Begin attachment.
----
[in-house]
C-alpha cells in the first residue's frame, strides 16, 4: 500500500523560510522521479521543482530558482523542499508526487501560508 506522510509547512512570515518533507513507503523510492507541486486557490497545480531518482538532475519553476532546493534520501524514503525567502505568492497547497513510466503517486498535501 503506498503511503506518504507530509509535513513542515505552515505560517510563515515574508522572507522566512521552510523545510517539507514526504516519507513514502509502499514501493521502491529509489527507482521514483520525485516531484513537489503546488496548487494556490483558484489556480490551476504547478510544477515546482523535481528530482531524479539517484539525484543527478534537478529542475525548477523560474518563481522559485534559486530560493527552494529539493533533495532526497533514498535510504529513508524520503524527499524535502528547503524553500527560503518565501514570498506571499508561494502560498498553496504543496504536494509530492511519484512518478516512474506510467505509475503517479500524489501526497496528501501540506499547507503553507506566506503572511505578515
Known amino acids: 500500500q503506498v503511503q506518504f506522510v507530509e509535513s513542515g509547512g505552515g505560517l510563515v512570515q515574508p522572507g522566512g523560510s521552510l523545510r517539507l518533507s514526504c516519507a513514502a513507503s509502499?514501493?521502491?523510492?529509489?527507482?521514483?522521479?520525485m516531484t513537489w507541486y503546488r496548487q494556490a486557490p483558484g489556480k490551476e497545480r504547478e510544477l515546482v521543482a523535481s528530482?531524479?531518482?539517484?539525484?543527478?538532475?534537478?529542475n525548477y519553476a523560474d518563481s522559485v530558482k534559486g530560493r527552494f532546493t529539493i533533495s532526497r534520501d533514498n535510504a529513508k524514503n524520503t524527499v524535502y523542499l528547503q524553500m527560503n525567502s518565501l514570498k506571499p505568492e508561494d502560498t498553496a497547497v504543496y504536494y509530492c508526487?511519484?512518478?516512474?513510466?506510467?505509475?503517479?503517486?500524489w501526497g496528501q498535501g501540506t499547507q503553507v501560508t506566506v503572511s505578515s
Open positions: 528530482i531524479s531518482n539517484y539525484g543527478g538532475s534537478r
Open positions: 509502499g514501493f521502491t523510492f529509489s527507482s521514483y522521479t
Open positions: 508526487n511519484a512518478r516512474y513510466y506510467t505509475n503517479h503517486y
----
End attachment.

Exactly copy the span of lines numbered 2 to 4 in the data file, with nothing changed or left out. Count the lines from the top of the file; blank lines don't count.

C-alpha cells in the first residue's frame, strides 16, 4: 500500500523560510522521479521543482530558482523542499508526487501560508 506522510509547512512570515518533507513507503523510492507541486486557490497545480531518482538532475519553476532546493534520501524514503525567502505568492497547497513510466503517486498535501 503506498503511503506518504507530509509535513513542515505552515505560517510563515515574508522572507522566512521552510523545510517539507514526504516519507513514502509502499514501493521502491529509489527507482521514483520525485516531484513537489503546488496548487494556490483558484489556480490551476504547478510544477515546482523535481528530482531524479539517484539525484543527478534537478529542475525548477523560474518563481522559485534559486530560493527552494529539493533533495532526497533514498535510504529513508524520503524527499524535502528547503524553500527560503518565501514570498506571499508561494502560498498553496504543496504536494509530492511519484512518478516512474506510467505509475503517479500524489501526497496528501501540506499547507503553507506566506503572511505578515
Known amino acids: 500500500q503506498v503511503q506518504f506522510v507530509e509535513s513542515g509547512g505552515g505560517l510563515v512570515q515574508p522572507g522566512g523560510s521552510l523545510r517539507l518533507s514526504c516519507a513514502a513507503s509502499?514501493?521502491?523510492?529509489?527507482?521514483?522521479?520525485m516531484t513537489w507541486y503546488r496548487q494556490a486557490p483558484g489556480k490551476e497545480r504547478e510544477l515546482v521543482a523535481s528530482?531524479?531518482?539517484?539525484?543527478?538532475?534537478?529542475n525548477y519553476a523560474d518563481s522559485v530558482k534559486g530560493r527552494f532546493t529539493i533533495s532526497r534520501d533514498n535510504a529513508k524514503n524520503t524527499v524535502y523542499l528547503q524553500m527560503n525567502s518565501l514570498k506571499p505568492e508561494d502560498t498553496a497547497v504543496y504536494y509530492c508526487?511519484?512518478?516512474?513510466?506510467?505509475?503517479?503517486?500524489w501526497g496528501q498535501g501540506t499547507q503553507v501560508t506566506v503572511s505578515s
Open positions: 528530482i531524479s531518482n539517484y539525484g543527478g538532475s534537478r